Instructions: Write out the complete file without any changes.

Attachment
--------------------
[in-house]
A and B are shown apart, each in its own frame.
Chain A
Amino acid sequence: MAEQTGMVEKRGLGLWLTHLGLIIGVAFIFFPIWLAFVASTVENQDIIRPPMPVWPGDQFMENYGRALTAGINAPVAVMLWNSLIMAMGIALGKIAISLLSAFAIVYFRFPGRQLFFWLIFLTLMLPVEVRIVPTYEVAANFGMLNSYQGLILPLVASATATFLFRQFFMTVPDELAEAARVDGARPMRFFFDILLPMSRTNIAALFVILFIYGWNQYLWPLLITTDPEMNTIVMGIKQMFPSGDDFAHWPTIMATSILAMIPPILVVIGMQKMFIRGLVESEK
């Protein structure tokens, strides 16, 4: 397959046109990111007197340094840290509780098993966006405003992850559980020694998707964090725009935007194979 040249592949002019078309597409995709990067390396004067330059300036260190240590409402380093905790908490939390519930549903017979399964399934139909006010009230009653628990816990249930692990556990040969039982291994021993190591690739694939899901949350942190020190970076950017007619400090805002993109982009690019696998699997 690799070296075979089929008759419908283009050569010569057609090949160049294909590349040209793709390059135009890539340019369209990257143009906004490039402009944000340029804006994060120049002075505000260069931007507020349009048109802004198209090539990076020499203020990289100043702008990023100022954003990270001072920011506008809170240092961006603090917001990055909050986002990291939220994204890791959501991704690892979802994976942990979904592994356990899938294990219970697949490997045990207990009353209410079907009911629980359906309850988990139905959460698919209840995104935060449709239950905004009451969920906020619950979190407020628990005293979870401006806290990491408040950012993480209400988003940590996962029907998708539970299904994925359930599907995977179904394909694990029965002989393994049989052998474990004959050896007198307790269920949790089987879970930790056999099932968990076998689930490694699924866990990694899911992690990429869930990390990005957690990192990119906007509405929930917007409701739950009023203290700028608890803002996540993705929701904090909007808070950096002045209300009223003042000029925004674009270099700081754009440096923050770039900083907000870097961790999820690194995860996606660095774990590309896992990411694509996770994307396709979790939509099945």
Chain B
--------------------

[in-house]
A and B are shown apart, each in its own frame.
Chain A
Amino acid sequence: MAEQTGMVEKRGLGLWLTHLGLIIGVAFIFFPIWLAFVASTVENQDIIRPPMPVWPGDQFMENYGRALTAGINAPVAVMLWNSLIMAMGIALGKIAISLLSAFAIVYFRFPGRQLFFWLIFLTLMLPVEVRIVPTYEVAANFGMLNSYQGLILPLVASATATFLFRQFFMTVPDELAEAARVDGARPMRFFFDILLPMSRTNIAALFVILFIYGWNQYLWPLLITTDPEMNTIVMGIKQMFPSGDDFAHWPTIMATSILAMIPPILVVIGMQKMFIRGLVESEK
């Protein structure tokens, strides 16, 4: 397959046109990111007197340094840290509780098993966006405003992850559980020694998707964090725009935007194979 040249592949002019078309597409995709990067390396004067330059300036260190240590409402380093905790908490939390519930549903017979399964399934139909006010009230009653628990816990249930692990556990040969039982291994021993190591690739694939899901949350942190020190970076950017007619400090805002993109982009690019696998699997 690799070296075979089929008759419908283009050569010569057609090949160049294909590349040209793709390059135009890539340019369209990257143009906004490039402009944000340029804006994060120049002075505000260069931007507020349009048109802004198209090539990076020499203020990289100043702008990023100022954003990270001072920011506008809170240092961006603090917001990055909050986002990291939220994204890791959501991704690892979802994976942990979904592994356990899938294990219970697949490997045990207990009353209410079907009911629980359906309850988990139905959460698919209840995104935060449709239950905004009451969920906020619950979190407020628990005293979870401006806290990491408040950012993480209400988003940590996962029907998708539970299904994925359930599907995977179904394909694990029965002989393994049989052998474990004959050896007198307790269920949790089987879970930790056999099932968990076998689930490694699924866990990694899911992690990429869930990390990005957690990192990119906007509405929930917007409701739950009023203290700028608890803002996540993705929701904090909007808070950096002045209300009223003042000029925004674009270099700081754009440096923050770039900083907000870097961790999820690194995860996606660095774990590309896992990411694509996770994307396709979790939509099945």
Chain B